Saturday, September 14, 8:30 PM, Maurer Hall, Old Town School of Folk Music (with Sidi Touré, above)

Sunday, September 15, 6 PM, Hideout, 21+ (with Mamadou Kelly, above)

KardemimmitCredit: Courtesy the Band

KARDEMIMMIT The four young Finnish women in this terrific combo write their own songs, played largely on the kantele (a native zitherlike instrument, here in 15- and 38-string versions), and their inviting, accessible arrangements ring with sweet, precise vocal harmonies. Kardemimmit bring a modern savvy to very old Finnish traditions: not just two disparate schools of kantele playing but also runo-song (a poetry-based form that usually uses trochaic tetrameter) and reki-song (a dance-oriented style). You don’t need to know or care about any of this to love the music, of course—with the spirited, serenely beautiful performances on the self-released Autio Huvila, Kardemimmit do for Finnish folk what the Unthanks are doing for British folk. Peter Margasak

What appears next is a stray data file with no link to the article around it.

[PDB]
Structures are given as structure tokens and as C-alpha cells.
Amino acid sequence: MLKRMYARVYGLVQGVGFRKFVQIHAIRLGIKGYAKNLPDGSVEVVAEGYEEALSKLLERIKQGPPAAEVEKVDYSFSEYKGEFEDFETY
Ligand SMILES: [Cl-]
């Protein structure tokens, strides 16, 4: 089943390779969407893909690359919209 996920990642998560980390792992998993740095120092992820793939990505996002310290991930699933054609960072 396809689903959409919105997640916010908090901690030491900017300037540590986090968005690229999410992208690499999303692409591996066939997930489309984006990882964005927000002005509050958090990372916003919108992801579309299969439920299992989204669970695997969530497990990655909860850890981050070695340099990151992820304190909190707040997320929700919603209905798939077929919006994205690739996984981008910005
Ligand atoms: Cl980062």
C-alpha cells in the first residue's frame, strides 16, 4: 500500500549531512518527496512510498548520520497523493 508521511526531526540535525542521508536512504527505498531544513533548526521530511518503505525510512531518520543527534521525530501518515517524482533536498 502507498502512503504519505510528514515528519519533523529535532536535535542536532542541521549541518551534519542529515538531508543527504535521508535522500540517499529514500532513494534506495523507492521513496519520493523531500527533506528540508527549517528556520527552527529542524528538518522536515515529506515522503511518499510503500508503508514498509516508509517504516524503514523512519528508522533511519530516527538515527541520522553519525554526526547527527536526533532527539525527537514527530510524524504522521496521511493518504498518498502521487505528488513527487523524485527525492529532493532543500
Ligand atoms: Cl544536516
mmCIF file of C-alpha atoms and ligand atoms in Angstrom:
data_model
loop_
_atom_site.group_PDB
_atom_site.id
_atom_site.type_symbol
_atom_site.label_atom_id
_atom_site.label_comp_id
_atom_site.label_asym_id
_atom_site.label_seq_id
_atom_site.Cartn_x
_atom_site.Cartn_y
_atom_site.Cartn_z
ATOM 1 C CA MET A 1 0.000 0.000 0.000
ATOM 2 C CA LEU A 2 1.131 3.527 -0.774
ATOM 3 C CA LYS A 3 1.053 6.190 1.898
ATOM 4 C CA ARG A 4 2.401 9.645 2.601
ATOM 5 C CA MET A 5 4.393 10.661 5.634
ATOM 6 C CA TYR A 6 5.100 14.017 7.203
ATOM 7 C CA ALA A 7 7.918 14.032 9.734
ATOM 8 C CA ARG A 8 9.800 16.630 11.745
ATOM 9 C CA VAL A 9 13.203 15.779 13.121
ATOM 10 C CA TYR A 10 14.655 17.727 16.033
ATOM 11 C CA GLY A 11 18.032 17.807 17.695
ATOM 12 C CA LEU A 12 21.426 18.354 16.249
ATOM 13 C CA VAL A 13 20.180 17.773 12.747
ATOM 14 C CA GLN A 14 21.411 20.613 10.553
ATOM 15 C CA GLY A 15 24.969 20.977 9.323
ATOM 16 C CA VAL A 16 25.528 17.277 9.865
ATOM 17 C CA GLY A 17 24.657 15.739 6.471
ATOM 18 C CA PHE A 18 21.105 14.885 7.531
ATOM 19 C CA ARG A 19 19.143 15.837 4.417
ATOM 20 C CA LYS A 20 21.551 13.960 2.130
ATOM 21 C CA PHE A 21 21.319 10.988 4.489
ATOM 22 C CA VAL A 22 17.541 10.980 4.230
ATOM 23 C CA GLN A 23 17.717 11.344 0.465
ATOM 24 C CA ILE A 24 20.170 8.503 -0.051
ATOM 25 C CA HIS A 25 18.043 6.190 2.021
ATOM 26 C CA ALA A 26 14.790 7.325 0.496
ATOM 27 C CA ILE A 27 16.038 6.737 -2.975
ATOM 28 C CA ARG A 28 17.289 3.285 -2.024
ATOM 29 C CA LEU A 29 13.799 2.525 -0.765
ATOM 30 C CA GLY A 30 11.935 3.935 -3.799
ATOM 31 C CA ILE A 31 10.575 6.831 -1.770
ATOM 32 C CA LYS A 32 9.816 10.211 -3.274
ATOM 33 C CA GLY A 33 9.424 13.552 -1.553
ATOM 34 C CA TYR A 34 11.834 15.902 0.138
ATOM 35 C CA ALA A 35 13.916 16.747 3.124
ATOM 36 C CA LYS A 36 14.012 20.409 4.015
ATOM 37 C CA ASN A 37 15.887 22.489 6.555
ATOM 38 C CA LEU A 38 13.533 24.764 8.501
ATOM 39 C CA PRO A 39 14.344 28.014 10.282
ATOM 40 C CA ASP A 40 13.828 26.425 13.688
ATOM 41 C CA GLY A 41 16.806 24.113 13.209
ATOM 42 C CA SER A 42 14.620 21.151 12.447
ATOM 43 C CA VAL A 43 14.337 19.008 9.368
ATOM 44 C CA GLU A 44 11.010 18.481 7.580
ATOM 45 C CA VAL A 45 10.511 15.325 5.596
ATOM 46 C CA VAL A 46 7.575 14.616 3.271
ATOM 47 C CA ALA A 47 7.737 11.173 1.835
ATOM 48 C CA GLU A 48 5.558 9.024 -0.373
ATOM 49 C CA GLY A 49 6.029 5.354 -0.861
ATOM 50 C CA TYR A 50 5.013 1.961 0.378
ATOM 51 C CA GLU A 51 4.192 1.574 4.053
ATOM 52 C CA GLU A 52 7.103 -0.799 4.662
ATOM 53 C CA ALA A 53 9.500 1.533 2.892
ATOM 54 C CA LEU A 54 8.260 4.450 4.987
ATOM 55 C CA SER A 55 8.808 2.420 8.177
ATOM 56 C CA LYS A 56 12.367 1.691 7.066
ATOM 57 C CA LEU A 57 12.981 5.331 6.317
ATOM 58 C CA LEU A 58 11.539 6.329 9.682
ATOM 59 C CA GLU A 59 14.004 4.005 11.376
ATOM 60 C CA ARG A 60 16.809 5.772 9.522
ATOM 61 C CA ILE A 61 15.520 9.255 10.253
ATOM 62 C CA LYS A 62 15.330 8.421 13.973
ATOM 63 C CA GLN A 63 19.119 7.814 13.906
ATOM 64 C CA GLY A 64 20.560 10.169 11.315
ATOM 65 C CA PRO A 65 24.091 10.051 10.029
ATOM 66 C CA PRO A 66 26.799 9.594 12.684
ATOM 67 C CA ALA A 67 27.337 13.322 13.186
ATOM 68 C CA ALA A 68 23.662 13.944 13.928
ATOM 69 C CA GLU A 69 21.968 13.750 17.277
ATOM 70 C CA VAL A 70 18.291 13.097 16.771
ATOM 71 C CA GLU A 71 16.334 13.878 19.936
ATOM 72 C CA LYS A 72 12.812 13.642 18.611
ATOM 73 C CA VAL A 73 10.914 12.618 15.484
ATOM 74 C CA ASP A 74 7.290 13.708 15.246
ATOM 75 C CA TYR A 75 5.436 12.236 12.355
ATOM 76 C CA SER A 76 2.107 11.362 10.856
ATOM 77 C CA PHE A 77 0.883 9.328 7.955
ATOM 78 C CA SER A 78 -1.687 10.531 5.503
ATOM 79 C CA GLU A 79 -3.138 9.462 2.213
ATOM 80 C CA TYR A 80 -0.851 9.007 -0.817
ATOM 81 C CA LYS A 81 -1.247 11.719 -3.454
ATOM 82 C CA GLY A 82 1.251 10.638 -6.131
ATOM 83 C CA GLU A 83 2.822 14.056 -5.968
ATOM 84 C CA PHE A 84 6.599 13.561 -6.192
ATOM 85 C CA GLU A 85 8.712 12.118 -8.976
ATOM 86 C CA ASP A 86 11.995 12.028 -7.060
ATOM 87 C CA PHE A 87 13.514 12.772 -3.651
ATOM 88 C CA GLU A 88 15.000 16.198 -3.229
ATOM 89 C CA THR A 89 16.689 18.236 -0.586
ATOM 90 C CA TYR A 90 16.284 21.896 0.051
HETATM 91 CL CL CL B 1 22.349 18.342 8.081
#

Monday, September 16, 8 PM, Schubas, 18+ (with We Banjo 3, below)

Tuesday, September 17, 6:30 PM, Preston Bradley Hall, Chicago Cultural Center

We Banjo 3
We Banjo 3Credit: Peter Harkin